health

Phil Galewitz/Kaiser Health News

For Freida Lockaby, an unemployed 56-year-old woman who lives with her dog in an aging mobile home in Manchester, Ky., one of America's poorest places, the Affordable Care Act was life altering.

The law allowed Kentucky to expand Medicaid in 2014 and made Lockaby – along with 440,000 other low-income state residents – newly eligible for free health care under the state-federal insurance program. Enrollment gave Lockaby her first insurance in 11 years.

"It's been a godsend to me," said the former Ohio school custodian who moved to Kentucky a decade ago.

Lockaby finally got treated for a thyroid disorder that had left her so exhausted she'd almost taken root in her living room chair. Cataract surgery let her see clearly again. A carpal tunnel operation on her left hand eased her pain and helped her sleep better. Daily medications brought her high blood pressure and elevated cholesterol level under control.

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Consumer advocates are advising people to not buy into the name “multi-state” plan when shopping for individual market health insurance for next year because the plans don’t necessarily offer coverage across state lines.

Susan McConkey, a health insurance broker, said many consumers assume “multi-state” means coverage across state lines at in-network prices. But that isn’t true in most states, including Kentucky.

“They think they can use it in any state, and that’s not the case,” McConkey said.

The Office of Personnel Management in Washington, D.C. was assigned the task of getting insurers to offer these plans because of the agency’s experience managing federal employee health insurance.

Beth Hadley is in charge of multi-state plans at OPM. She acknowledged that the name is misleading, and said the agency is considering changing the name.

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Kentucky has earned the unhealthy distinction of being the fifth “fattest” state in the U.S.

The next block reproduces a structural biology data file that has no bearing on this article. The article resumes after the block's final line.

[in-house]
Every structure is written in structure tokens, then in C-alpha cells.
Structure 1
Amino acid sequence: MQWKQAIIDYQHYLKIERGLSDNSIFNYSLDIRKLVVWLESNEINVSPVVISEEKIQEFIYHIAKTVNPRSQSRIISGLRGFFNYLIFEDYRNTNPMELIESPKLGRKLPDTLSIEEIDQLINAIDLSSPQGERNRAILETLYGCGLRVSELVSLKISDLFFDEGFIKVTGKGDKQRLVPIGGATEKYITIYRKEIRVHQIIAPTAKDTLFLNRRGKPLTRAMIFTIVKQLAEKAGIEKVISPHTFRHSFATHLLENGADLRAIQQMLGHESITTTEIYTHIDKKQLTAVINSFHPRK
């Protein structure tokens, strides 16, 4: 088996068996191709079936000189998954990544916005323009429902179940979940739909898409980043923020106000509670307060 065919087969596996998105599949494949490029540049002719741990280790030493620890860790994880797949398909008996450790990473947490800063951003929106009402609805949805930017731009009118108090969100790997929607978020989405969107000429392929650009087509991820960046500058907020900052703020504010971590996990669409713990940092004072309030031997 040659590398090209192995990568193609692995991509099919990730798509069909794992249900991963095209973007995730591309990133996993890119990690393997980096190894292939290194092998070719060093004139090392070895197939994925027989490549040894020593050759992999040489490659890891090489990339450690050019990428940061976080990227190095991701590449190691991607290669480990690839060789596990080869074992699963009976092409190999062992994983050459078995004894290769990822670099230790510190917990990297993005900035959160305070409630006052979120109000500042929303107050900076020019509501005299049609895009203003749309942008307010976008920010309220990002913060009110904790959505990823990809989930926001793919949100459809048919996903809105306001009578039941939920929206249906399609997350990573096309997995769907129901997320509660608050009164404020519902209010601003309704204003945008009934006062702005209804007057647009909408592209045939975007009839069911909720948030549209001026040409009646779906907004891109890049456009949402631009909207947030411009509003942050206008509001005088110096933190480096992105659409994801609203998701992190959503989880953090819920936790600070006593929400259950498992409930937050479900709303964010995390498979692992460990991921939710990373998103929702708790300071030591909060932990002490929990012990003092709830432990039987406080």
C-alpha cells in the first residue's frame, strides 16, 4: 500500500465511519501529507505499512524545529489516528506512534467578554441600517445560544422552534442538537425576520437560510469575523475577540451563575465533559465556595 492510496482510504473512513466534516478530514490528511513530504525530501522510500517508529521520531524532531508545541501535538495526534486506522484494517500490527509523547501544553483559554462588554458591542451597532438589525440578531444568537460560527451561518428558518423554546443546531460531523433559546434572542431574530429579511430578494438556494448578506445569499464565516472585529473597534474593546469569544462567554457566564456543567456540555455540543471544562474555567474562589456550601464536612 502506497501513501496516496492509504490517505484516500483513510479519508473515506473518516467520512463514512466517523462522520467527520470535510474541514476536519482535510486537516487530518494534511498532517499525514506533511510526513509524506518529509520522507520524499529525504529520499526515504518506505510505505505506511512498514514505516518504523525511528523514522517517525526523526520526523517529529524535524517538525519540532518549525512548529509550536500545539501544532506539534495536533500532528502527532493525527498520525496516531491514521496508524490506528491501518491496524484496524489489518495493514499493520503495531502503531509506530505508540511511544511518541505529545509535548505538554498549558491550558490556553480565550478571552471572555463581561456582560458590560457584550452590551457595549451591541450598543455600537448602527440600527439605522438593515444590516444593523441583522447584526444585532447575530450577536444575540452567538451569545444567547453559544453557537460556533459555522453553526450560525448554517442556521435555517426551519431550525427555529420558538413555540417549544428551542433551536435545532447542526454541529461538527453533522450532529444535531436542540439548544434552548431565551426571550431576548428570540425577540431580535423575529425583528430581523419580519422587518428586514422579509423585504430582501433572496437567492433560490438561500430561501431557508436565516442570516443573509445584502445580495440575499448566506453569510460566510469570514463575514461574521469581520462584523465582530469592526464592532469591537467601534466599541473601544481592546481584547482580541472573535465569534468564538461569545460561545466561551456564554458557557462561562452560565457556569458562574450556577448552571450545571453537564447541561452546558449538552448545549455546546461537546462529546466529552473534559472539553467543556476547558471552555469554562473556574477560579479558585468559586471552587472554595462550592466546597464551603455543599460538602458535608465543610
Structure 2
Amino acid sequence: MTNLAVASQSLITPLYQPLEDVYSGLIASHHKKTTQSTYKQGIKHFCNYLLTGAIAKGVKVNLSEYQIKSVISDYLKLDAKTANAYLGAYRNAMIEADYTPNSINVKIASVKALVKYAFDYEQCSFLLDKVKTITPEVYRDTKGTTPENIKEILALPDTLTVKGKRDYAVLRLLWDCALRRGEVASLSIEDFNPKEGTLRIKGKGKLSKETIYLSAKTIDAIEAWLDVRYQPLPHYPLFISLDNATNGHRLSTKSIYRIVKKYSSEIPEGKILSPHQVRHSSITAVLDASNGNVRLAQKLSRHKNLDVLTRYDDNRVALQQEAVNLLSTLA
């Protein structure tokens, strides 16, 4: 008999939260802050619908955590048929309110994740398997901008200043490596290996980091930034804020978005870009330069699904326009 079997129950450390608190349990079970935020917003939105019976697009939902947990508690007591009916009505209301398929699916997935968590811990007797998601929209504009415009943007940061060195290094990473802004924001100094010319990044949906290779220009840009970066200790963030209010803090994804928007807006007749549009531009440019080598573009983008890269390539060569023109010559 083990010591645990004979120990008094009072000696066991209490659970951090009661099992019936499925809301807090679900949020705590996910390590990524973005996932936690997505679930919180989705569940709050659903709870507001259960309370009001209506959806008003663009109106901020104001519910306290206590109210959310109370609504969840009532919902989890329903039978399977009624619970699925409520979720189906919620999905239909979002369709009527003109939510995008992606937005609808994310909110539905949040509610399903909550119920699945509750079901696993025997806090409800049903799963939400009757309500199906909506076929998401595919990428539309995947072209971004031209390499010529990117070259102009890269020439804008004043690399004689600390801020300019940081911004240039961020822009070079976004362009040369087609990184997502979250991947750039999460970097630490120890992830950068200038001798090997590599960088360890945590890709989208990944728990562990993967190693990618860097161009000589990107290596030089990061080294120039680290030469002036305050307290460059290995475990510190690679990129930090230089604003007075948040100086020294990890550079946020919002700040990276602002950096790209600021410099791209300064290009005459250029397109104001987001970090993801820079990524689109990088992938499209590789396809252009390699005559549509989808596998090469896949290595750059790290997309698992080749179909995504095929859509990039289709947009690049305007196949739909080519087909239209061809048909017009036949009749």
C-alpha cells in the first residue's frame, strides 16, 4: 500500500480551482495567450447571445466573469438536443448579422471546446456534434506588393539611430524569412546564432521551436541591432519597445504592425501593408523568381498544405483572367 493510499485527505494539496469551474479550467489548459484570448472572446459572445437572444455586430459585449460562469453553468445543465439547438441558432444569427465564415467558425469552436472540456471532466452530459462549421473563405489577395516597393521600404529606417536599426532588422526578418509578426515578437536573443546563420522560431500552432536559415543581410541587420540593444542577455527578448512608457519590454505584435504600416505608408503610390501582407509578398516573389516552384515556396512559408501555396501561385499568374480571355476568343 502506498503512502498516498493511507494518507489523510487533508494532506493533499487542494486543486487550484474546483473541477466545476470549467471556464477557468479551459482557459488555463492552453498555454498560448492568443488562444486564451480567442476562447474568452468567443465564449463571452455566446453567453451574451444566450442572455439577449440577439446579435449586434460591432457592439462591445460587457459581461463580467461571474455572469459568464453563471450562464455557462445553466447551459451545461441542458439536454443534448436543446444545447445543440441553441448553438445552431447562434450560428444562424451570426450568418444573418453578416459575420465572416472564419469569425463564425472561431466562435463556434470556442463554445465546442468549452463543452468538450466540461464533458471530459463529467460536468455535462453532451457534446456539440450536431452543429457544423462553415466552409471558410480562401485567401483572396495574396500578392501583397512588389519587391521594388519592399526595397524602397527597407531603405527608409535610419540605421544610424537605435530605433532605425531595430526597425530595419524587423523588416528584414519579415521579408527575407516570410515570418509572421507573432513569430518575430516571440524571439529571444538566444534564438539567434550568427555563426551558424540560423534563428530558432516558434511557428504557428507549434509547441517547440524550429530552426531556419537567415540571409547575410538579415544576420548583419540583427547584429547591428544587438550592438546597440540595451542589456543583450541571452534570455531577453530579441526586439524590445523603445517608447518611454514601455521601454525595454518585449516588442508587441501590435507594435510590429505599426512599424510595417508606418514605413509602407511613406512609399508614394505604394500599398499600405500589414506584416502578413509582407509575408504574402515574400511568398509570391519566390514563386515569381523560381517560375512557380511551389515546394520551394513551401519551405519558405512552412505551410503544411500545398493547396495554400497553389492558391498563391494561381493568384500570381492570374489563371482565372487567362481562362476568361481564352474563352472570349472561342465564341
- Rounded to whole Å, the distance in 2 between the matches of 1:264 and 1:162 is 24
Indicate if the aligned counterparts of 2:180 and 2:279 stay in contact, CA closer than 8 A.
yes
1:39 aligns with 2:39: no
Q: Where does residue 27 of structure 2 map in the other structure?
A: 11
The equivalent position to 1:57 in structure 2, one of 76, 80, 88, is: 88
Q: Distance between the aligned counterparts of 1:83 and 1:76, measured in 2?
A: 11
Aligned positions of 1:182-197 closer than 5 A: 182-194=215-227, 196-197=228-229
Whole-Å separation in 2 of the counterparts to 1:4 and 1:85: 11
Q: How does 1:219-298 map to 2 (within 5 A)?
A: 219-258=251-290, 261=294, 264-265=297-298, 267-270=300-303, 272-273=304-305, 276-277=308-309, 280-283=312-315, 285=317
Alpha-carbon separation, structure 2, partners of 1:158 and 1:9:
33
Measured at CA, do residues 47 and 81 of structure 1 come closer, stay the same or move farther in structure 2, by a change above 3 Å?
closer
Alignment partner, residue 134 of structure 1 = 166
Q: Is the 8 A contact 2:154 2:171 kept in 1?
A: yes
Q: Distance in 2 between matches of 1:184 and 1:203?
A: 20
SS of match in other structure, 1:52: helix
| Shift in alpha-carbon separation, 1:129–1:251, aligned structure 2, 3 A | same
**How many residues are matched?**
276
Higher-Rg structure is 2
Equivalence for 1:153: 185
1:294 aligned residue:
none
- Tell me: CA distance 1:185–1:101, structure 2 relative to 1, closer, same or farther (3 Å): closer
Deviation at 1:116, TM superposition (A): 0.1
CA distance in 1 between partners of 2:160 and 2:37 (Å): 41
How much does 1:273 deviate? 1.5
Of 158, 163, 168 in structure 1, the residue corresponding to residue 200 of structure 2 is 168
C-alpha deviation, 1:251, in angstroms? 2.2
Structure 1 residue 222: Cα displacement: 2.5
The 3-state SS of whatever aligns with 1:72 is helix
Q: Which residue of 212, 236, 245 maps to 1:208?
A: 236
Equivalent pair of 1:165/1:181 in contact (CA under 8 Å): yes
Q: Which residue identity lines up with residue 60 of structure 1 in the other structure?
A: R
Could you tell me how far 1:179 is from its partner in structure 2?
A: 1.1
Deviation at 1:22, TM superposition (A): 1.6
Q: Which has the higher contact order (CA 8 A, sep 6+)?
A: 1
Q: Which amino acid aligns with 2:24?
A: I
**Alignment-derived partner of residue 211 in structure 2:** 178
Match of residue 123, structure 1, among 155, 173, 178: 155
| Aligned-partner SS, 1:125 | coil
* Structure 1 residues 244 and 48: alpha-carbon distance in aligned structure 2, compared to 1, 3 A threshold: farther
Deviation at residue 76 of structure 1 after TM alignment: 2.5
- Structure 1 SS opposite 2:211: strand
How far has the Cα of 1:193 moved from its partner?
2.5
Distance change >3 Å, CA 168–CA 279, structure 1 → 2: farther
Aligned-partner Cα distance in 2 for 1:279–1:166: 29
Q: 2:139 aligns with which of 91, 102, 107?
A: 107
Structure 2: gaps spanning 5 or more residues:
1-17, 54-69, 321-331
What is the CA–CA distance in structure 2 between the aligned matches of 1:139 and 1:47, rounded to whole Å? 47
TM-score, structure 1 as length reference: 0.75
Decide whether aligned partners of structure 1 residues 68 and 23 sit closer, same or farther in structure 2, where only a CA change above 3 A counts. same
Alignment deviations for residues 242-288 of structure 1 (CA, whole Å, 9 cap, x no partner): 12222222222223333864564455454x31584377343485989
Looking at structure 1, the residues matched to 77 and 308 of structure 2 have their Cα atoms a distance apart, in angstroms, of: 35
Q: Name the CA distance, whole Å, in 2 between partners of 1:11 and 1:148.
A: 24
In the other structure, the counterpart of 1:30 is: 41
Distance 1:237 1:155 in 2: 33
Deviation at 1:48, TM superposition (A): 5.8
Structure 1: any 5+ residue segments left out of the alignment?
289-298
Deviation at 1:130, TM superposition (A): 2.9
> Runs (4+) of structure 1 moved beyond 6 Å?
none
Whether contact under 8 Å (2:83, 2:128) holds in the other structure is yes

A report from the consumer website WalletHub shows that only Mississippi, Louisiana, Arkansas and South Carolina have a higher percentage of obese or overweight residents than Kentucky.

The Bluegrass State ranks second in the nation for the number of residents with high cholesterol, fourth for diabetes, and fifth for high blood pressure.

Bonnie Hackbarth is a spokeswoman for the Foundation for a Healthy Kentucky. She says creating a healthier state starts with consistent health care.

“Part of the answer in improving Kentucky’s health is getting more Kentuckians insured, so that they’ll take advantage of the kind of preventive services that will improve our health overall.”

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Sharon Bush spent 30 minutes on Tuesday helping a client sign up for an email account. The email address is a necessary step in signing up for health insurance through Healthcare.gov.

Bush didn’t realized that the email requirement for the federal exchange would take up so much time.

“In southeastern Kentucky, there are a lot of people who don’t have and/or use technology,” Bush said. “[The client] is a grandmother in her early 60s, and she just said, ‘I have two granddaughters and they use it a lot.’”

Bush works in Manchester, Kentucky, at Grace Community Health Center, where she helps people sign up for health insurance. She’s a former Kynector, a person paid by the state to assist people with enrollment. She helped people last year find health insurance through Kynect and is now helping people sign up on the federal exchange at Healthcare.gov.

In early October, Gov. Matt Bevin was given approval by the federal Centers for Medicare and Medicaid Services to dismantle the state-based insurance portal, Kynect, leaving Kentuckians searching for insurance to go through the federal portal, Healthcare.gov.

Centerstone

Seven Counties Services, Inc. is no more.

The mental health provider announced Monday that it officially merged with not-for-profit Tennessee-based Centerstone and will now be known as Centerstone of Kentucky.

For the coming months, patients won’t see any changes. But in the next two years, Centerstone plans to expand services and do more research.